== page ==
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What are Abusive UCC Lien Filings and Why You Should Care

Abusive UCC lien filings – basically fraudulent liens filed against a company in order to extort money – are a growing problem that all businesses should be aware of. These bogus liens can damage your company’s credit and ability to get financing, waste huge amounts of time and legal fees, and even force you into bankruptcy. But there are things you can do to prevent them from happening in the first place, or fight them if they do. This article will break it all down for you.

How UCC Liens are Supposed to Work

The Uniform Commercial Code (UCC) is model legislation adopted by all 50 states that governs commercial transactions and secured transactions – basically any transaction involving personal property used as collateral for a loan. The UCC allows creditors – banks, investors, suppliers etc – to put a lien on assets and inventory owned by the company they are lending money to or doing business with. This gives them rights over other creditors to get paid first if the company defaults on loans or files bankruptcy.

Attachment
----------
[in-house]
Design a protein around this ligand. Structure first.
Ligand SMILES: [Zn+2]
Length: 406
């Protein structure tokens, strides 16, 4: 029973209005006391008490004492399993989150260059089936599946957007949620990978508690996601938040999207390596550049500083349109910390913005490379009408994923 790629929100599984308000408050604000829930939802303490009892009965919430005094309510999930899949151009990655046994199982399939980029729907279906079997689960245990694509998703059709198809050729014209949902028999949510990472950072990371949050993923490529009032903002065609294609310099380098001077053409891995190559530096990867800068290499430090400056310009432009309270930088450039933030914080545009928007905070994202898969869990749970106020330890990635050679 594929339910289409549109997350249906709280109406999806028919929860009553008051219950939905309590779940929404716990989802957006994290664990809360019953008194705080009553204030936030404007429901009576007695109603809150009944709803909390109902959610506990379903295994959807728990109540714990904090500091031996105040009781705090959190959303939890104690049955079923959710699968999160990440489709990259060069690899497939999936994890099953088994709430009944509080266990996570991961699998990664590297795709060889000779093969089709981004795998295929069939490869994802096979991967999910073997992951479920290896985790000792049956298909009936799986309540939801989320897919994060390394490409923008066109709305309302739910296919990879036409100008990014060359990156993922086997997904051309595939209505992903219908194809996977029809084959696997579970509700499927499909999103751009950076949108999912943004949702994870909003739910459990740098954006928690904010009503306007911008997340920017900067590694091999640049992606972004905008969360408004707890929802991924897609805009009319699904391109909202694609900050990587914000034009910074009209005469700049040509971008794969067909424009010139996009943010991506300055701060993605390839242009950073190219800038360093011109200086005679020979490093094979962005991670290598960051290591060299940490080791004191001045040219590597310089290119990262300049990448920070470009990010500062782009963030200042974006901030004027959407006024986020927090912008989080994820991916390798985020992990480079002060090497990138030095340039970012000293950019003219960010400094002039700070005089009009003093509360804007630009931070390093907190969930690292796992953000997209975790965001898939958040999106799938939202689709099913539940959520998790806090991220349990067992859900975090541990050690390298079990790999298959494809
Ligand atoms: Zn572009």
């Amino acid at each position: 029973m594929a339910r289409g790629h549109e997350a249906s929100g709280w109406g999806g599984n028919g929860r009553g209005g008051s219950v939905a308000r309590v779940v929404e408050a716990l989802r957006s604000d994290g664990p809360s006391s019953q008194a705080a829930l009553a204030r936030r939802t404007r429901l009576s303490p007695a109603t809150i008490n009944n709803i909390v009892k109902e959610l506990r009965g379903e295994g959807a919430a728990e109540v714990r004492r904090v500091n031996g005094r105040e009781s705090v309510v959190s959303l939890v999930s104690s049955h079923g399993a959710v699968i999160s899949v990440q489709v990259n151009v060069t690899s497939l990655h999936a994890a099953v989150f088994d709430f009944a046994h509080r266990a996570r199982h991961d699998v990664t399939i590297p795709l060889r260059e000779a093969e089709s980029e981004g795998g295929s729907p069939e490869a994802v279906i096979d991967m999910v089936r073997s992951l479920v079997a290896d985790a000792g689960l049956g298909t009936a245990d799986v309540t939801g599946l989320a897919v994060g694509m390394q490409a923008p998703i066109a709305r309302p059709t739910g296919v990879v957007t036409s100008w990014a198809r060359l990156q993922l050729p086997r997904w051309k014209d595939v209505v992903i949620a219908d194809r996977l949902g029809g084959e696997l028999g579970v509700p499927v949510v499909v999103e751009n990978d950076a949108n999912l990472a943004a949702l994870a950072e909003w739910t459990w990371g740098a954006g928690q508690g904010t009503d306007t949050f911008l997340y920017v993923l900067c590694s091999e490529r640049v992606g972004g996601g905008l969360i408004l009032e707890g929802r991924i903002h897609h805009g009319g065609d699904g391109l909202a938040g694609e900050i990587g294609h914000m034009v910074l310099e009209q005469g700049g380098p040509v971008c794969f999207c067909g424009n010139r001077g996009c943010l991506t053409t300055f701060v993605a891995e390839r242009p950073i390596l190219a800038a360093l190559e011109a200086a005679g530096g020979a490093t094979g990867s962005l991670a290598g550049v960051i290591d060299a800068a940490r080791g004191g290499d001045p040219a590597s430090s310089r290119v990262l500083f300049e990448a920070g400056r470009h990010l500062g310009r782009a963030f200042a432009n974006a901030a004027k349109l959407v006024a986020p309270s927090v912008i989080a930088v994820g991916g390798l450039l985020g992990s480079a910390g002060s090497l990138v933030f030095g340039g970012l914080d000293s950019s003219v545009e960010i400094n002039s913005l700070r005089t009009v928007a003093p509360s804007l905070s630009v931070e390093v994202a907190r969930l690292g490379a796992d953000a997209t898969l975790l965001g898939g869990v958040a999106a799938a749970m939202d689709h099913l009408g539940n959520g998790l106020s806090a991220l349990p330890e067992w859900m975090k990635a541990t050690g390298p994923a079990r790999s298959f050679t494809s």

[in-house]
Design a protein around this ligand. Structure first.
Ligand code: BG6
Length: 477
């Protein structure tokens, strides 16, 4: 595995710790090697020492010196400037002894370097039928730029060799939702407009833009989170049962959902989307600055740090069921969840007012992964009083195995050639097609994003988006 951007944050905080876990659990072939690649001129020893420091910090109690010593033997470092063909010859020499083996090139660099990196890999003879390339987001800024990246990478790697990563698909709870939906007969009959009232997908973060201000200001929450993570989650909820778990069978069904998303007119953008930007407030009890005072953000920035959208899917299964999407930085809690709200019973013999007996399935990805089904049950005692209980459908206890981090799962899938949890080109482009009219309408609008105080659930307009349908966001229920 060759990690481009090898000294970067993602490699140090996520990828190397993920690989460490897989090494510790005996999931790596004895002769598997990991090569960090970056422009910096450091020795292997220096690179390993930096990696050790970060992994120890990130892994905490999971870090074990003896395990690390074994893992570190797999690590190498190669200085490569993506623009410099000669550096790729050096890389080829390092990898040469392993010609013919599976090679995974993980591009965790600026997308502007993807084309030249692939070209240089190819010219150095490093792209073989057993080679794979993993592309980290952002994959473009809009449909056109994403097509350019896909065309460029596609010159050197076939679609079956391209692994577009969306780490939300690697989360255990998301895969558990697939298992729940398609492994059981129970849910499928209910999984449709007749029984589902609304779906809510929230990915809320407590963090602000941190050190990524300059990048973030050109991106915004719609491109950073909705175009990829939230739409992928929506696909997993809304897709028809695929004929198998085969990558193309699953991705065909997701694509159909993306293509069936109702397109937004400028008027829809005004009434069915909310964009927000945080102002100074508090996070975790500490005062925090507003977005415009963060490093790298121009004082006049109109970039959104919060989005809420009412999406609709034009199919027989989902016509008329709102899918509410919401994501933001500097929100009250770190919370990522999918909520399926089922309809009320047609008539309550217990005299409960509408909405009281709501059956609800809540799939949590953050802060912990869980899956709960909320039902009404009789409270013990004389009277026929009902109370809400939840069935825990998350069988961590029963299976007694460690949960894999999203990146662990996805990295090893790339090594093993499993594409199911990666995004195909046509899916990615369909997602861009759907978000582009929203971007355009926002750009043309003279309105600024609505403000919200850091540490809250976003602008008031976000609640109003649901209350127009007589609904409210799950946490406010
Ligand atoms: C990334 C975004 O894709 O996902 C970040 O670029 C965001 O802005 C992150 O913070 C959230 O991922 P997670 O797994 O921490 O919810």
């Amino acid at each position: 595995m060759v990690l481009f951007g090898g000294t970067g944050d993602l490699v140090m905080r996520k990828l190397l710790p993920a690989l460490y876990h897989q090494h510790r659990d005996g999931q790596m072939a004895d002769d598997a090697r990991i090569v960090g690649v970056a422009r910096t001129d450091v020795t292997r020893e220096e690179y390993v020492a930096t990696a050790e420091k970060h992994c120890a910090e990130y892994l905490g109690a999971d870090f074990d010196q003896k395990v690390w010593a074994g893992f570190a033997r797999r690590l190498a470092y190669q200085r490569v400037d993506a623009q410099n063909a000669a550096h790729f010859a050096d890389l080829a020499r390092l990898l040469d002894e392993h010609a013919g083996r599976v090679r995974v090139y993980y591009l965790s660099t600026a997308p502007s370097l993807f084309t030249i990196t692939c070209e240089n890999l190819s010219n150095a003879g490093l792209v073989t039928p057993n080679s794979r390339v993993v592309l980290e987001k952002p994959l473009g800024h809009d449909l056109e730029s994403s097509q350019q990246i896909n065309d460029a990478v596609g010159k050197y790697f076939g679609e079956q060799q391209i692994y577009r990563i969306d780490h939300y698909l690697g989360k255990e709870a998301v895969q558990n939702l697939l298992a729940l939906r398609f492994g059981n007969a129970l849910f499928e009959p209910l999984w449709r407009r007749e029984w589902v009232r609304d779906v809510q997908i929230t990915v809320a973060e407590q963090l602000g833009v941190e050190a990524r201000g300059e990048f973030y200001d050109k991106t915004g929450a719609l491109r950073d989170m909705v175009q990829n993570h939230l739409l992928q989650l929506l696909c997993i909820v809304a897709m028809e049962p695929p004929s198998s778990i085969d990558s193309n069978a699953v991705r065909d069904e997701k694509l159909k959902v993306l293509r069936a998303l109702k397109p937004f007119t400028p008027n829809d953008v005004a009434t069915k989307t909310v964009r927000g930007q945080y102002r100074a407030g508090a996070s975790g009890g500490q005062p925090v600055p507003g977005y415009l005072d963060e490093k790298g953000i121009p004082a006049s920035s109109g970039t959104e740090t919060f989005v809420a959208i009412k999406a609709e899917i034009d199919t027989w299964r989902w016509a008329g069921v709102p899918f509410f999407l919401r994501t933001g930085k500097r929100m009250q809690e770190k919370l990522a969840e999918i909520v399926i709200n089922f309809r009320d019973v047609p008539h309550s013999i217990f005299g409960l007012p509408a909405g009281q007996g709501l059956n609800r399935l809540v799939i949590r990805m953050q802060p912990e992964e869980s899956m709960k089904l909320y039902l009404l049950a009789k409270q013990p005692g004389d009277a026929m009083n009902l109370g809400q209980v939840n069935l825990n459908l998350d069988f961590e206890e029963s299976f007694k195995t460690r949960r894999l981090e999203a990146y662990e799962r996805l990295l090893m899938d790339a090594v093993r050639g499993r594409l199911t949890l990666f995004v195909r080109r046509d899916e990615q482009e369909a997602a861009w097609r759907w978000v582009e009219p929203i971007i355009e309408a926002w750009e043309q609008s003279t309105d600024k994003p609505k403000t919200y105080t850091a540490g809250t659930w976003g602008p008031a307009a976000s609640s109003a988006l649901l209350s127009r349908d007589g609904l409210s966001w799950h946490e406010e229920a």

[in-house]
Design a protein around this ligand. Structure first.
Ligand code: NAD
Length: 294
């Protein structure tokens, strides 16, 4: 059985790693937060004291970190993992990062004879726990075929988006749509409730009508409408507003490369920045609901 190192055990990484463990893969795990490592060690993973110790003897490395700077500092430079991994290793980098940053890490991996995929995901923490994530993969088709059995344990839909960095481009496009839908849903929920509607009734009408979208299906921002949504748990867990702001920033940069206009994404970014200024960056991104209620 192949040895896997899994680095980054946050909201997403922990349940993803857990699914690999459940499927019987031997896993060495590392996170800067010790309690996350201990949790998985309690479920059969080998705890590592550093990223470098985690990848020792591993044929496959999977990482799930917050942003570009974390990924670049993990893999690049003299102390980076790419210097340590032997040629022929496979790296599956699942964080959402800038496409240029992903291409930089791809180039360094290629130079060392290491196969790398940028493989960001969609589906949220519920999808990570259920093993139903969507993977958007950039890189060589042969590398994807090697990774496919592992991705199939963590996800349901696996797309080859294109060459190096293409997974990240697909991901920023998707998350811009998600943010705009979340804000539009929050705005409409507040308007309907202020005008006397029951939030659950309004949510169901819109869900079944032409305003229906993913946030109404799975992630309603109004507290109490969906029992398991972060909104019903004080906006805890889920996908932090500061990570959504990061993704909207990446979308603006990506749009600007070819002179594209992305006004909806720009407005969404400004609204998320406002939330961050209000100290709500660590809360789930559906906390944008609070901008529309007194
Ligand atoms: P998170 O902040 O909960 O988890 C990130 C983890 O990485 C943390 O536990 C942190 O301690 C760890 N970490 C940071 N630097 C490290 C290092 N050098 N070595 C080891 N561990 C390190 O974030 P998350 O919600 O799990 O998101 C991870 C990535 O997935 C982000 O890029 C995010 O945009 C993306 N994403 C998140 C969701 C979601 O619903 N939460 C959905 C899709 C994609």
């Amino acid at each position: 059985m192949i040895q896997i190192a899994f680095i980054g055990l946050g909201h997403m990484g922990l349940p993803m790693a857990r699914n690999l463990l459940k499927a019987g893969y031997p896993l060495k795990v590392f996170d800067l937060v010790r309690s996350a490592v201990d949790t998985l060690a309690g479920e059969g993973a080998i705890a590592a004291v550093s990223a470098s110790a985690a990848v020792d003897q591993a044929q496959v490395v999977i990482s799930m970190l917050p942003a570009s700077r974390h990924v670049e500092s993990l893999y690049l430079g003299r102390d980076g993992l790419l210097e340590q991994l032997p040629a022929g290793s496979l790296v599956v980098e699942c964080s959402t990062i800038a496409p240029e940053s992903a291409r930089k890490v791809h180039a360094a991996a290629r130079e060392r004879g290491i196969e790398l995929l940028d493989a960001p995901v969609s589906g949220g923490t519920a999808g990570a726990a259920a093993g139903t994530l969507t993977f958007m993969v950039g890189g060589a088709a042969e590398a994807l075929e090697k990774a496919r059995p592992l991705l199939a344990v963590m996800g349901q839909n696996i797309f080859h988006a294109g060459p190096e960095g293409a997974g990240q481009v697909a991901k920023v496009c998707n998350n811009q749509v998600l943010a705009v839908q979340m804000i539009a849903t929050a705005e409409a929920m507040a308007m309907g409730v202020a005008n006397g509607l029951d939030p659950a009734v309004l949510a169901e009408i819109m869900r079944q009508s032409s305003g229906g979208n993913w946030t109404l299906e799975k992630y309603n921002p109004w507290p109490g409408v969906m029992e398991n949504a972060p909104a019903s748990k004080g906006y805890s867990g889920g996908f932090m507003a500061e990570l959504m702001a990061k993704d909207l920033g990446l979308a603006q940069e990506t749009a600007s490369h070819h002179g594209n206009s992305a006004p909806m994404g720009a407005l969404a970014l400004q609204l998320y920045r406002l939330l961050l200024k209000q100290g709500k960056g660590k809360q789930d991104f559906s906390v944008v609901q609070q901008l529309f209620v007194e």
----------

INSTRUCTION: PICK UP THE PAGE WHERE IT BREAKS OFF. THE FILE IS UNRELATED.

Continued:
All legit UCC liens must be filed with the Secretary of State’s office in the state where the debtor company is incorporated or registered. The lien stays attached to the assets even if they are sold or transferred later. Liens are a normal part of doing business – they allow companies access to financing they might not otherwise get.

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How Abusive Liens are Different

Abusive liens are filed by people or groups that have no actual business with or loans to the company – they simply file a fraudulent lien to try to extort money from the business. They count on the company wanting to avoid damage to its credit rating and relations with legit lenders and creditors.
Some common traits of abusive UCC lien filings:

  • Filed by individuals or groups with no actual loans or financial ties to your company
  • Often filed by anti-government groups against corporations as protest statements
  • Contain ridiculous amounts – $50 million, $100 billion etc when no such loan exists
  • Filled with pseudo-legal language and threats – they often claim to now own the company

The Damage Inflicted by Fake Liens

While abusive liens have no legal merit, they can still inflict major damage on a company, including:

  • Hurt ability to get financing since they negatively impact credit
  • Scare off potential investors and business partners
  • Waste massive resources on legal fees to fight them
  • Distract management from running the company
  • Possibly even force small companies into bankruptcy

Clearly these fraudulent liens are something all companies want to avoid. The good news is there are steps you can take to prevent them or mitigate the damage.

How to Prevent Abusive Lien Filings from Happening